What happened to Corbett after he left the army in August 1865? First he went back to work as a hatter in Boston. Again, he was in the occupation that may have drastically affected his physical and mental health.
We’ve all heard of Lewis Carroll’s “Mad Hatter.” The thing is, it’s not funny. People who made hats back then were constantly exposed to mercury fumes. Mercury nitrate was a chemical they used in treating fur and felt while making
hats. Repeated exposure has been found to lead to
hallucinations and psychosis. A characteristic twitching has become known at
“hatter’s shakes.” Many historians believe the mental issues Corbett exhibited,
and I’ve only touched lightly on them here, could have been caused by this
Mad Hatter illustration by John Tenniel,
He had trouble keeping a job, and he began speaking on his role as “Lincoln’s Avenger.” His speeches became more incoherent, and he manifested paranoia,
that authorities in Washington were persecuting him and getting him fired from
various jobs because he had taken away their opportunity to prosecute and execute
John Wilkes Booth themselves. He began carrying a pistol all the time and
pulling it when people acted in what he considered a suspicious manner.
In 1878, Corbett moved to Concordia, Kansas, ostensibly to homestead. He continued preaching and attending revival meetings. In January 1887, he was appointed doorkeeper of the Kansas House of Representatives, based on his fame as Lincoln’s avenger. But on Feb. 15, he brandished a revolver in the House and made some threats. No one was hurt, but he was arrested and sent to an insane asylum.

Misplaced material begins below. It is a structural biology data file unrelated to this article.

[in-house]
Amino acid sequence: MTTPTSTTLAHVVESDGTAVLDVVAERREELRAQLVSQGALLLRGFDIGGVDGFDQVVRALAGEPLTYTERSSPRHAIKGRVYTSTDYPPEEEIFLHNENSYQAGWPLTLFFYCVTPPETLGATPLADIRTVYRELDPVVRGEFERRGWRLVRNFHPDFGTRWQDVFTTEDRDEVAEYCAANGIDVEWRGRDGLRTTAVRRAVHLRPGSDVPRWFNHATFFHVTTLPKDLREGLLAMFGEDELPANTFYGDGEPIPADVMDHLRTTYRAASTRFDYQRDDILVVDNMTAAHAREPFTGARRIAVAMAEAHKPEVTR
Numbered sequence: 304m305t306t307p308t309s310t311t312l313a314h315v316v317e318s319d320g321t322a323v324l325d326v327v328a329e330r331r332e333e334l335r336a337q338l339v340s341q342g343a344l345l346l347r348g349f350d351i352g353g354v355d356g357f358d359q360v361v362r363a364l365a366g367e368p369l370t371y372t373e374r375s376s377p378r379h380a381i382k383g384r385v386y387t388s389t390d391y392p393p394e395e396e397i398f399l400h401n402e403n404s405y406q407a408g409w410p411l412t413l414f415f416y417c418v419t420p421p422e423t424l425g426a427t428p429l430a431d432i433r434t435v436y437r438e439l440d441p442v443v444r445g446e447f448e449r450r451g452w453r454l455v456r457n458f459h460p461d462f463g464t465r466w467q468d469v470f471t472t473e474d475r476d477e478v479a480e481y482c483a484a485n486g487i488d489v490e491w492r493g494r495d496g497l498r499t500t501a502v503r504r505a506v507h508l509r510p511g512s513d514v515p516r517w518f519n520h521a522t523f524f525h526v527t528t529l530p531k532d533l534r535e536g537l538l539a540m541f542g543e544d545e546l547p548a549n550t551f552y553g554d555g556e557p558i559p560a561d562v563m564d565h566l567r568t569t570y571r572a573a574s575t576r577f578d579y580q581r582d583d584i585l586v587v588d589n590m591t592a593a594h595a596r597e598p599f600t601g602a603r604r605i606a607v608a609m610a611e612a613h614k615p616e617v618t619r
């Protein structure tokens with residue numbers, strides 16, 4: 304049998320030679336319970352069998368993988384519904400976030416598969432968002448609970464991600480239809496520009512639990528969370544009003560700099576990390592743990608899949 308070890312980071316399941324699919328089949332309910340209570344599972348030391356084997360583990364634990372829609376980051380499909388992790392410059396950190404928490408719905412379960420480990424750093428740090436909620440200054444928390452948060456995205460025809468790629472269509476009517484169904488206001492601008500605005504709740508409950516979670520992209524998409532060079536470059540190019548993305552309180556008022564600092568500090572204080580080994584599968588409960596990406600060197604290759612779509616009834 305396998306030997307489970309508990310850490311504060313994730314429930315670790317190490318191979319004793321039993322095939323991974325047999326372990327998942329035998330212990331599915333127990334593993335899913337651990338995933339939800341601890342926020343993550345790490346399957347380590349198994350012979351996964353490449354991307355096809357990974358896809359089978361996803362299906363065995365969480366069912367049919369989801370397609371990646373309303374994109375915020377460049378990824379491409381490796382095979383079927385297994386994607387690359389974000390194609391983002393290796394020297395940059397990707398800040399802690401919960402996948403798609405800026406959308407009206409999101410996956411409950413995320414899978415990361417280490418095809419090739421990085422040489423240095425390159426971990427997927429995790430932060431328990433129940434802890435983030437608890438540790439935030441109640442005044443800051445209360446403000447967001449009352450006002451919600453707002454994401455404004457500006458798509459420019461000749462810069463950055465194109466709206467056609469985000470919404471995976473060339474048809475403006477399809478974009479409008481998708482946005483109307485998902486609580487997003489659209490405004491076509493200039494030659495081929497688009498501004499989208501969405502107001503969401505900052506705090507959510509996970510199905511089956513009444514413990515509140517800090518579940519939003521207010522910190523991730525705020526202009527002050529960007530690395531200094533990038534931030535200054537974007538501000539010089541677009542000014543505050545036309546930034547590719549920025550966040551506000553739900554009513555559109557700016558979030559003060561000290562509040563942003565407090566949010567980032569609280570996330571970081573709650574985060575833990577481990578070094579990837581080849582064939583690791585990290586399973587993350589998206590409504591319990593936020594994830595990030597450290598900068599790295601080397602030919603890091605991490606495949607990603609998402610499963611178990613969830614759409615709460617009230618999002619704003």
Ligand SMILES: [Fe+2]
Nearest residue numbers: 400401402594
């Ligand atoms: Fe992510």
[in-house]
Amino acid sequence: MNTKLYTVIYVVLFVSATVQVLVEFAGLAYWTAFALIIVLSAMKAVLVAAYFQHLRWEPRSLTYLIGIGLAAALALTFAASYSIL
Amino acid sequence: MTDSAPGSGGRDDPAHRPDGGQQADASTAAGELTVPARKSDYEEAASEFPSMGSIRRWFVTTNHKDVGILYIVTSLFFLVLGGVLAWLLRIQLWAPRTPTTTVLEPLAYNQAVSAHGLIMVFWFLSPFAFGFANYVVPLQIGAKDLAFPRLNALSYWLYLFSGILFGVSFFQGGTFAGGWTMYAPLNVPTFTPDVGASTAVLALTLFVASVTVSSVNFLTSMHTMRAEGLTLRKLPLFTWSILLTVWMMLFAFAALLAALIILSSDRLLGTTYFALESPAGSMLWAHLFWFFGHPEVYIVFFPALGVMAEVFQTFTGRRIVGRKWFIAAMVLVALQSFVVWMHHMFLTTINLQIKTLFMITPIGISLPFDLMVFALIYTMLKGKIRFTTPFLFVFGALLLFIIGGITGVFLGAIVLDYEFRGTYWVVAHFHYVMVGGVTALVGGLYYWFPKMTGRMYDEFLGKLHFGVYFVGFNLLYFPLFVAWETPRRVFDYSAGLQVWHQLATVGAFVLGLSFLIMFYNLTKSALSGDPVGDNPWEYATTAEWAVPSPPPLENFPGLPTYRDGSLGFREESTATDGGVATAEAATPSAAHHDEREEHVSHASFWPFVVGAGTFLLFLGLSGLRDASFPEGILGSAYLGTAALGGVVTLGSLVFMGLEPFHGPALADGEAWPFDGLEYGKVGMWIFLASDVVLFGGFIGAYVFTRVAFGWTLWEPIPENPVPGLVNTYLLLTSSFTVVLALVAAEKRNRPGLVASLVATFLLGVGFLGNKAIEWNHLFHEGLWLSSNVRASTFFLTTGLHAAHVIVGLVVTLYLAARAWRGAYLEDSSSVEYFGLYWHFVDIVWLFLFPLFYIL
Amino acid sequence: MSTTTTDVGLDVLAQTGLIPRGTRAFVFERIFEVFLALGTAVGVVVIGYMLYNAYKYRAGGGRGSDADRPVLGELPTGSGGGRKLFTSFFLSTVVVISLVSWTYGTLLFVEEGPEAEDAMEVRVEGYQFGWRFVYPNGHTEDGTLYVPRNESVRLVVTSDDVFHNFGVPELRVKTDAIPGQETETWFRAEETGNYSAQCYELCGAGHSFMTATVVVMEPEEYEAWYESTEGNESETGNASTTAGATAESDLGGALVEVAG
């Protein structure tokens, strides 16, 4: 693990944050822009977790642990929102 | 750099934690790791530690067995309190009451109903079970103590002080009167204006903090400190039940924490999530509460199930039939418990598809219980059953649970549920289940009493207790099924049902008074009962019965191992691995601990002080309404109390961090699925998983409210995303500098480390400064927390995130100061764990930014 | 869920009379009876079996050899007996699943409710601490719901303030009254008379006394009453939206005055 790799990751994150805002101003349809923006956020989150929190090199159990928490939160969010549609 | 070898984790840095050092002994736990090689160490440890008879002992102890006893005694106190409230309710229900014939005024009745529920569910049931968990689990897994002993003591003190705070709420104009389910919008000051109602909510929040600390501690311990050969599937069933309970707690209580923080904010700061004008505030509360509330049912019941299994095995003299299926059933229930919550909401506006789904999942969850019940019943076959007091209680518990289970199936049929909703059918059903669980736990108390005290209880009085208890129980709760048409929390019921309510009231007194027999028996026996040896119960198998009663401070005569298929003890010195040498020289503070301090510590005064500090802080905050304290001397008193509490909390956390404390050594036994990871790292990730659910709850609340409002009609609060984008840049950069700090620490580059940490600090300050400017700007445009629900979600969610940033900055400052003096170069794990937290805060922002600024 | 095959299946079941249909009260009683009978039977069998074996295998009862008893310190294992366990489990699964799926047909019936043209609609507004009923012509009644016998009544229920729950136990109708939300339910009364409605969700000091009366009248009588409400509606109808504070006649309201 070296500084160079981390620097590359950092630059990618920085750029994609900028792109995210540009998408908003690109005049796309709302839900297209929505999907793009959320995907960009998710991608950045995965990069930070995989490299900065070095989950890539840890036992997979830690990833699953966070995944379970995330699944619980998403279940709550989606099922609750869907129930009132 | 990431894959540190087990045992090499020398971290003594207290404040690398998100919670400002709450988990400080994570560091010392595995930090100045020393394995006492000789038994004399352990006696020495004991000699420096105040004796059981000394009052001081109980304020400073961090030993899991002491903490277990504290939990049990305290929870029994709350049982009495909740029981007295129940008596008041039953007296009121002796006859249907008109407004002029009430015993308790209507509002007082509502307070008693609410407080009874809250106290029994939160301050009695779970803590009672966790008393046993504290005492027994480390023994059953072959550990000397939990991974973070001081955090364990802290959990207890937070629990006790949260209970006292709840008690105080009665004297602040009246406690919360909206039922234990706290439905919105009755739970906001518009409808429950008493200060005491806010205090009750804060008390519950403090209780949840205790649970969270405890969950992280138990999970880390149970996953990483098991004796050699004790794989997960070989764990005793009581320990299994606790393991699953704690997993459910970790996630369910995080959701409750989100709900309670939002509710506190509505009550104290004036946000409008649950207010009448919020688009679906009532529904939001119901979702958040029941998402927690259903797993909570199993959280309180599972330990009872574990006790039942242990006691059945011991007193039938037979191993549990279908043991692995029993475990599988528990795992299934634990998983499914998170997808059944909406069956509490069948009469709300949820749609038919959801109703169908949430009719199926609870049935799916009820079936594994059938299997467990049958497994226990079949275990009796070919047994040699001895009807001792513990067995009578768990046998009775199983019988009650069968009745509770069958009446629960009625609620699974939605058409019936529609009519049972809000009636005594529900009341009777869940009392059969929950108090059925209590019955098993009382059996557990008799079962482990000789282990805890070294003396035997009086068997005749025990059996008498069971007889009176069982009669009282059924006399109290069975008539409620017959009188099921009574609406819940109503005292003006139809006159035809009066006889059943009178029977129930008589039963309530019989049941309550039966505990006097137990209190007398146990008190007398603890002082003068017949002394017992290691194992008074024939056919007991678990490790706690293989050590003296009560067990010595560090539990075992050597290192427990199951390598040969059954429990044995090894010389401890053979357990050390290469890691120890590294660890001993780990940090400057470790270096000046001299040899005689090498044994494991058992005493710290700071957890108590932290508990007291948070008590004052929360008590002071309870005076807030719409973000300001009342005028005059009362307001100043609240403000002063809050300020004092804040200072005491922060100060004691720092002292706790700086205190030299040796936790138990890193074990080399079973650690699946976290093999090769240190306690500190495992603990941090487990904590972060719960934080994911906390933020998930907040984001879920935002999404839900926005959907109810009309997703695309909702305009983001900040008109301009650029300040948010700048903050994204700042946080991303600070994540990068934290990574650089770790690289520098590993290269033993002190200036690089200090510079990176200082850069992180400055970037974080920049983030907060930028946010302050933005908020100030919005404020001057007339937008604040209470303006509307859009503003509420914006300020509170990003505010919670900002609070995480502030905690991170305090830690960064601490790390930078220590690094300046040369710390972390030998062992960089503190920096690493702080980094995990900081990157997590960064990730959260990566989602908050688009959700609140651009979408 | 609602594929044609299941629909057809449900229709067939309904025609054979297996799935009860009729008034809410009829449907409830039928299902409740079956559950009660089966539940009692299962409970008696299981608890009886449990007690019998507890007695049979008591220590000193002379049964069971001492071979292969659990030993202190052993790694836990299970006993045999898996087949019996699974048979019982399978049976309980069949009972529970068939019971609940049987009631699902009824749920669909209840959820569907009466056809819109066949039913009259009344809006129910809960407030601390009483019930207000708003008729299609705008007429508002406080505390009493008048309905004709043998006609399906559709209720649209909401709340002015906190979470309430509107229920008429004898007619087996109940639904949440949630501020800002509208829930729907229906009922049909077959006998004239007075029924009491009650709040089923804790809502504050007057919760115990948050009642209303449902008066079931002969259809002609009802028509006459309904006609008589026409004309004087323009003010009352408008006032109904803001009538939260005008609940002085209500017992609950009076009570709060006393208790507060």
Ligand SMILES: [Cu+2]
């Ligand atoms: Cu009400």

Corbett’s bizarre story does not end there. More than a year later, he escaped the asylum by stealing a horse left outside. He stayed for a short time with a man he had met while a prisoner of war. When he left, he told his friend he was headed for Mexico.
No one knows whether Corbett actually went to Mexico or not. It is believed he went to Minnesota and built a cabin in the forest there. Circumstantial evidence suggests he died in the Great Hinckley Fire in Minnesota on Sept. 1, 1894. There’s no proof, but the name “Thomas Corbett” appears on a list of people dead and missing in the fire.
In the years that followed, several men claimed to be Corbett. Some were
proven to be impostors and arrested. In 1958, Boy Scout Troop 31, of Concordia, Kansas built a roadside monument to Corbett located on Key Road. A small sign was also placed to mark where Corbett had lived for a time on his homestead.
For the last five years, I’ve enjoyed talking history on this blog each month. This will be my last post for hhhistory.com, and I will miss it. As a parting gift, I’m offering two books to my commenters this month: The Outlaw Takes a Bride (choose paperback, e-book, or audio disk) and The Captive Brides Collection, a novella collection that contains my story “The Suspect Bride.” Comment below and leave your contact information to enter the drawing for one of these books.
Susan Page Davis is the award-winning author of more than eighty novels and novellas in the historical, romance, mystery, and suspense genres. She’s always interested in unusual events of the past. A Maine native, she now lives in western Kentucky. You can visit Susan’s web page and contact her at www.susanpagedavis.com.